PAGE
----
The new draft bill on digital personal data protection has resurfaced a fortnight after Fortune India's exhortation regarding India's digital policy paralysis. The draft bill though appears to only move from policy paralysis to tokenism as it appears to be a rush job.
The key provision (disallowing data of Indians from being processed outside India) that would have empowered Government of India to implement the Digital Personal Data Protection Act through this bill is missing.
Section 4(2) of the draft bill states - The provisions of this Act shall also apply to processing of digital personal data outside the territory of India, if such processing is in connection with any profiling of, or activity of offering goods or services to data principals within the territory of India.
This clause basically implies that if the data of Indian citizens is processed in another country, India will impose the statutes of this Act within the territories of that other country. This clause is an overambitious pipe-dream that may render the Bill unpractical. Even the EU is in discussion with the U.S. government to come to an agreement to restrain the unbridled access the U.S. has over the data of European citizens that is stored on U.S. soil. Is it practical to expect India can stop countries like the U.S. from accessing data of Indian citizens that are processed in the U.S. just by enacting a law within India?
No state has rights to dictate terms within the boundaries of another sovereign state. According to The Patriot Act of the U.S., the American government has access to both any data held within their borders and all data of companies that operate within the U.S. The United Kingdom also has the Investigatory Powers Act, giving security services in the U.K. permission to use a wide range of tools for surveillance and hacking. And it will not be far-fetched to presume that many more countries will come up with a similar version of The Patriot Act of the U.S. in the near future. Under the circumstances, can India hope to protect the personal data of its citizens being processed within the sovereign jurisdiction of another nation?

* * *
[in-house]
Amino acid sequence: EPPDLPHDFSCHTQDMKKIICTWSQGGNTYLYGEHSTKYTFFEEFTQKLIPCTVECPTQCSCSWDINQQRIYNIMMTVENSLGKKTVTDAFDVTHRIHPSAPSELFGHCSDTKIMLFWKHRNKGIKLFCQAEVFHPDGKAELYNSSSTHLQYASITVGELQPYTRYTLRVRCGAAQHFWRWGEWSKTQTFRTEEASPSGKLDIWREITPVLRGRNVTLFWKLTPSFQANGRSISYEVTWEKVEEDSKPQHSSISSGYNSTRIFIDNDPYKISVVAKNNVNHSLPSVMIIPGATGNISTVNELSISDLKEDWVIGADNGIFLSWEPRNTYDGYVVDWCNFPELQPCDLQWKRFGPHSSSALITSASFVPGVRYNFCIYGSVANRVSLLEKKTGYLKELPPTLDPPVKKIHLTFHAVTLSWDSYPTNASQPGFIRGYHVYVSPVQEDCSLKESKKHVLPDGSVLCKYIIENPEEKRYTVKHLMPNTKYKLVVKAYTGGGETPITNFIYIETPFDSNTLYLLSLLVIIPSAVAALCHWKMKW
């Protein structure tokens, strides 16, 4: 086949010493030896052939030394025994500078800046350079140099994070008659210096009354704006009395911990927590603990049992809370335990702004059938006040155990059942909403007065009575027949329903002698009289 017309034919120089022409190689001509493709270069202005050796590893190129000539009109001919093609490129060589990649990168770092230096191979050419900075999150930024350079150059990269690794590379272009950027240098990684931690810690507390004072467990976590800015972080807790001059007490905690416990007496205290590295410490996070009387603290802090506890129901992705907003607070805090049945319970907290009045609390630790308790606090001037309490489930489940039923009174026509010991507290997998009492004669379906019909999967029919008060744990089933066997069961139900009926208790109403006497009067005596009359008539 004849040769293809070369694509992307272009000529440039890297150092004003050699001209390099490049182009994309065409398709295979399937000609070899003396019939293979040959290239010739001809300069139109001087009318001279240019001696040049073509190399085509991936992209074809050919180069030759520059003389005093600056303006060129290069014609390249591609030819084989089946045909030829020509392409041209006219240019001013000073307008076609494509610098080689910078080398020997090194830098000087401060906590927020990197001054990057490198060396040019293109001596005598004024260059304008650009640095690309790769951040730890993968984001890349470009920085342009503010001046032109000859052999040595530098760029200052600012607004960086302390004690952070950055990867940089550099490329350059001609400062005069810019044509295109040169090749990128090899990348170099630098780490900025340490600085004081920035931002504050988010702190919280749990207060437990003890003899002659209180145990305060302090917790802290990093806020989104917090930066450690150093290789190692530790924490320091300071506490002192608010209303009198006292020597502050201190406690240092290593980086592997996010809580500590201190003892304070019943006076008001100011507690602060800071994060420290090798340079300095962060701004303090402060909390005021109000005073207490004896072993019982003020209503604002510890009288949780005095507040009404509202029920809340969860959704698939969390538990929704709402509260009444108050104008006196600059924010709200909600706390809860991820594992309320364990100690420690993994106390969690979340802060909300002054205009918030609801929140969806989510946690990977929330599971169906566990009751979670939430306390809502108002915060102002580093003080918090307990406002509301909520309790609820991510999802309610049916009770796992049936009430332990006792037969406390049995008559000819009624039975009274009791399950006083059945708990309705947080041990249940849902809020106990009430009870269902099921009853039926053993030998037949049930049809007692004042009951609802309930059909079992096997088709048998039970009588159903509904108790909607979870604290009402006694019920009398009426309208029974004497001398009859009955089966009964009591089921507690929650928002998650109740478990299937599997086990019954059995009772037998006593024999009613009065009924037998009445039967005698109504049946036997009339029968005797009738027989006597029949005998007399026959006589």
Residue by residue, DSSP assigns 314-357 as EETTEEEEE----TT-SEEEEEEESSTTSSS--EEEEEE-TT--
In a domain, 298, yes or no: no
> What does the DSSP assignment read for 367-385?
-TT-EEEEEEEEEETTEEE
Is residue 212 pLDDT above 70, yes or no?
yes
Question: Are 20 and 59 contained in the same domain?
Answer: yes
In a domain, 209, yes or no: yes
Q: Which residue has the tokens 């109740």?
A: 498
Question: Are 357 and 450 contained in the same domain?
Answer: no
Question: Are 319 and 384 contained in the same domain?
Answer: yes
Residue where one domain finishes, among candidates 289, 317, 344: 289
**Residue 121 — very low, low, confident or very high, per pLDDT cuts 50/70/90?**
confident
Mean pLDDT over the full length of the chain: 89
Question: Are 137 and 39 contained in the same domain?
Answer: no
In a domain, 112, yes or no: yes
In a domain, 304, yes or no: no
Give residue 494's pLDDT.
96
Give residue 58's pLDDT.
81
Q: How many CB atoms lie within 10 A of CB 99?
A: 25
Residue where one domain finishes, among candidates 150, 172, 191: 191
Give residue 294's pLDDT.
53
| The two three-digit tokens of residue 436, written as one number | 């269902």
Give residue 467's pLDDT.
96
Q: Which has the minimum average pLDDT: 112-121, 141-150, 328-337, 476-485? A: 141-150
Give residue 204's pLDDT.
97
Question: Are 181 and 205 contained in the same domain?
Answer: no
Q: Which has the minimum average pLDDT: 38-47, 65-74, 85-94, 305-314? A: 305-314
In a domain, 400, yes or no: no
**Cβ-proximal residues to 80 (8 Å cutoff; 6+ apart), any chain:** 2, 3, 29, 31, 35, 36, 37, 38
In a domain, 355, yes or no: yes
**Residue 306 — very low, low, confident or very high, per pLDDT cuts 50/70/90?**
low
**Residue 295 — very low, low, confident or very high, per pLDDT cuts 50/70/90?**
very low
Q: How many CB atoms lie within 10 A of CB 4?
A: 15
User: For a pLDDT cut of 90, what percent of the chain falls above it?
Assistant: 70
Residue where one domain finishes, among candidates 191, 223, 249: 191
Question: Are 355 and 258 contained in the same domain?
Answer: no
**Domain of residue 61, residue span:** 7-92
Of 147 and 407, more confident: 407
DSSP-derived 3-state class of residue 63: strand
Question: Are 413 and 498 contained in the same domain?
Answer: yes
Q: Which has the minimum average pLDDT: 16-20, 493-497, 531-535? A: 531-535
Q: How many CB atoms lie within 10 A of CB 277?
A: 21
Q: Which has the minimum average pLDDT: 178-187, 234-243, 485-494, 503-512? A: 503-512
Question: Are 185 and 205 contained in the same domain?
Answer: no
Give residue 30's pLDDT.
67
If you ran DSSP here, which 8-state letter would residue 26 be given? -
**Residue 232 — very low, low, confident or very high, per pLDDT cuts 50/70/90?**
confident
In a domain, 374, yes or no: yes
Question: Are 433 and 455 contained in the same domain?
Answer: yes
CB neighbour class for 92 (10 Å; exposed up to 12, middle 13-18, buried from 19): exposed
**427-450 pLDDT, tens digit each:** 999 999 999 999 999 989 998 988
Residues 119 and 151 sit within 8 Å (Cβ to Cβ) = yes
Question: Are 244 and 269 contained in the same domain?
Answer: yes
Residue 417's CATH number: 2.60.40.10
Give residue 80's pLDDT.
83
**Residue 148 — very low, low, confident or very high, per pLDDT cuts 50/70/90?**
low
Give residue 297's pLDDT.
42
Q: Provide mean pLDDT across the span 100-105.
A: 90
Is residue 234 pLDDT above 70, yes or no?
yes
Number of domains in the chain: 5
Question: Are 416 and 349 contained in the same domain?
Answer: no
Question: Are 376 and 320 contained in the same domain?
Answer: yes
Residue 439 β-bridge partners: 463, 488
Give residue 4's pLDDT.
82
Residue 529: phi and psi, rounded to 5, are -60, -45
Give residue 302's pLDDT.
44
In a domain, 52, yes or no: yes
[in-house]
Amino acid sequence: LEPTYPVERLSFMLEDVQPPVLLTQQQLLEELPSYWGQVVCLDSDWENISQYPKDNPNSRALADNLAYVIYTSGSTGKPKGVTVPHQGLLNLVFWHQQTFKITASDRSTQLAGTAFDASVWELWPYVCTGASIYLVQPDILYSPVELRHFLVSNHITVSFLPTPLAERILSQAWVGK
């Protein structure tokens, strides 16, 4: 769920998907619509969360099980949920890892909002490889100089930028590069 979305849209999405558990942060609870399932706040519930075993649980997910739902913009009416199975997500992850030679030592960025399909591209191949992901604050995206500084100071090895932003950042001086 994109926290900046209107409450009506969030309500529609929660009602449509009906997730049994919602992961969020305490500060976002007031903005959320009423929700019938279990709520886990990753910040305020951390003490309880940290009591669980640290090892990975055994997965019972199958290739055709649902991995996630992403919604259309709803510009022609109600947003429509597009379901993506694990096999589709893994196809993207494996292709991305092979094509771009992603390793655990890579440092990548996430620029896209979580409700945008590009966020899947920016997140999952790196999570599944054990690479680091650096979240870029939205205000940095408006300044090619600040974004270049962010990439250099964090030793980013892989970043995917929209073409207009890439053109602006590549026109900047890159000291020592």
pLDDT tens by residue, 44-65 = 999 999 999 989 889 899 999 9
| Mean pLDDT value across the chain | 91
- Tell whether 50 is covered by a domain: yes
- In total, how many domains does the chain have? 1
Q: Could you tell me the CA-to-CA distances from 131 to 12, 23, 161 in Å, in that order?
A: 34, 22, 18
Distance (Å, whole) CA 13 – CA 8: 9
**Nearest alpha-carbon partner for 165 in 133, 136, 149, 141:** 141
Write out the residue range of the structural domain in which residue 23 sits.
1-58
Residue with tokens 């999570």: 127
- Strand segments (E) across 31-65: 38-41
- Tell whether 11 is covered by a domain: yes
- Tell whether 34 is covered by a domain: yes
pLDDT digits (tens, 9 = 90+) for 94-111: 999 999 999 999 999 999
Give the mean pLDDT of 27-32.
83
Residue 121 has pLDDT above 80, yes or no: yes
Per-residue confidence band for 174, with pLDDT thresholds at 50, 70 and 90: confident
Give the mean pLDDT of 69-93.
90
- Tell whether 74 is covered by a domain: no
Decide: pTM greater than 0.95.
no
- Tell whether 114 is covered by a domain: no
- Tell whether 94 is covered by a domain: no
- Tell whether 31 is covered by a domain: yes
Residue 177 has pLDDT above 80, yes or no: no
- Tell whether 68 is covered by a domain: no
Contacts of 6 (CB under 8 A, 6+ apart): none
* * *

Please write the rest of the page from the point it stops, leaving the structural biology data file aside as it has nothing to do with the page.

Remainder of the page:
This key provision that was present in the preceding draft bill of 2019 has been removed in the present one and thus the latest version of the draft bill on digital personal data protection is a toothless tiger and a rush job.
The draftsmen also shrank the preceding draft bill proposed in 2019 containing 98 Sections and 14 Chapters to 30 Sections and 6 Chapters in the new draft bill. However, in an attempt to be concise the clarity and specificity that is hallmark of a proper legal document has been lost. Many key elements like a data principal’s right to compensation are absent from the new draft bill. There is no clarity on whether the data principal will be compensated or the penalty money collected from an offender will go entirely into the government’s coffers.
The loss of specificity has rendered the draft bill a mere skeleton of an Act that may get passed by the Legislative body and thereafter filled by the executive arms of the government, giving more power to the executive aka bureaucrats to dictate the terms. For instance, the composition, powers, and functions of the data protection Board of India has been left quite vague. Typically, any board with wide adjudicatory powers is chaired by a judge who has served in the Supreme Court or High Courts. The composition also defines the expertise and experience sought from its members so that they can make qualified and educated judgements. However, leaving the composition of the Data Protection Board of India vague puts a question-mark on the intent of the executive body with respect to the appointees of the Board.
The skeletal draft bill seems to be shy of the tenets of administrative law that expects the legislative arm of the government to delegate as little responsibility as possible to the executive arm in matters of framing laws.
Even the penalty this draft bill seeks to impose is ill-defined and tepid as compared to the previous Draft Bill of 2019.